The world’s fifth-largest apparel retailer Uniqlo has become the latest company to agree to immediately begin phasing out the purchase of merino wool from Australian suppliers who mutilate lambs in a procedure called ‘mulesing’.
The Japanese retailer, part of Fast Retailing, is following in the footsteps of nearly 50 other major international companies – including Topshop, H&M, Next, C&A, Abercrombie & Fitch, and Timberland, who have all pledged and completed their phase-out of wool from mulesed sheep and have implemented outright bans on it.
Mainly practiced in Australia, mulesing involves cutting large chunks of skin and flesh from the rear ends of merino sheep, often without any pain relief, in an attempt to prevent maggot infestations known as flystrike.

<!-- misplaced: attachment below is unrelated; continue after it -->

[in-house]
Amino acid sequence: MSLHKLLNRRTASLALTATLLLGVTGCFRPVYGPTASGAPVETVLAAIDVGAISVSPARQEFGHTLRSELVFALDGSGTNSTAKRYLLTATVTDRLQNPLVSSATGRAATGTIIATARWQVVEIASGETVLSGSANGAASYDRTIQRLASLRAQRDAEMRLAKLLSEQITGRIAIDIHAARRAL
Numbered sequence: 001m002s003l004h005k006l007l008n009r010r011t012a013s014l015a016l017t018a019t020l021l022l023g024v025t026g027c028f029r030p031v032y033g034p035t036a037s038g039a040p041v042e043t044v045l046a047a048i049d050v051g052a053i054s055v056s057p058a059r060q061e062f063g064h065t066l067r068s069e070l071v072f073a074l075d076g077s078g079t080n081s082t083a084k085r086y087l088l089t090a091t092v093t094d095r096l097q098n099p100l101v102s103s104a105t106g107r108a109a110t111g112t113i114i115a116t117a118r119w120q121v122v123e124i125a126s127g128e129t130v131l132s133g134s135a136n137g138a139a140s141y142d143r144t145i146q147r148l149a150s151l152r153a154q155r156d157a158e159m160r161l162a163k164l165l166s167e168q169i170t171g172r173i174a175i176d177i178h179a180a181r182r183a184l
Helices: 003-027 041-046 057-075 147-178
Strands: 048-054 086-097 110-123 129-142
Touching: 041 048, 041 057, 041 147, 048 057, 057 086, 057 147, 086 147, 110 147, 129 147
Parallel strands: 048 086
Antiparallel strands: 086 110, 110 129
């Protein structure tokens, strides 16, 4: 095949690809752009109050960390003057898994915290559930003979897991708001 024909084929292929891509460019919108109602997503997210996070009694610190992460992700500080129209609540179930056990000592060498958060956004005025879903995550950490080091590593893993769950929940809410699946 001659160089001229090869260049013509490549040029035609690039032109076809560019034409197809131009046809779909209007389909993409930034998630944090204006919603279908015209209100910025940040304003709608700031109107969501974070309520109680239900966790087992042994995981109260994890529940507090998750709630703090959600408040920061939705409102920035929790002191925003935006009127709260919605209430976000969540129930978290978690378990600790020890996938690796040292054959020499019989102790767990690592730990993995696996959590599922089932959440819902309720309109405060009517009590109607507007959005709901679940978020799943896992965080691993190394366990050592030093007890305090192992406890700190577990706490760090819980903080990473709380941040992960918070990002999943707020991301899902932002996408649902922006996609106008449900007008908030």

The decision follows the recent launch of an international campaign by People for the Ethical Treatment of Animals (PETA) to encourage apparel retailer to source wool only from non-mulesed sheep.
Uniqlo’s Group Senior Vice President Yukihiro Nitta wrote in a letter to PETA Australia: "We are aware of concerns raised over the practice of mulesing sheep, and because of our commitment to animal welfare and health, we have directed our merino wool suppliers to phase out sourcing wool from farms that practice mulesing".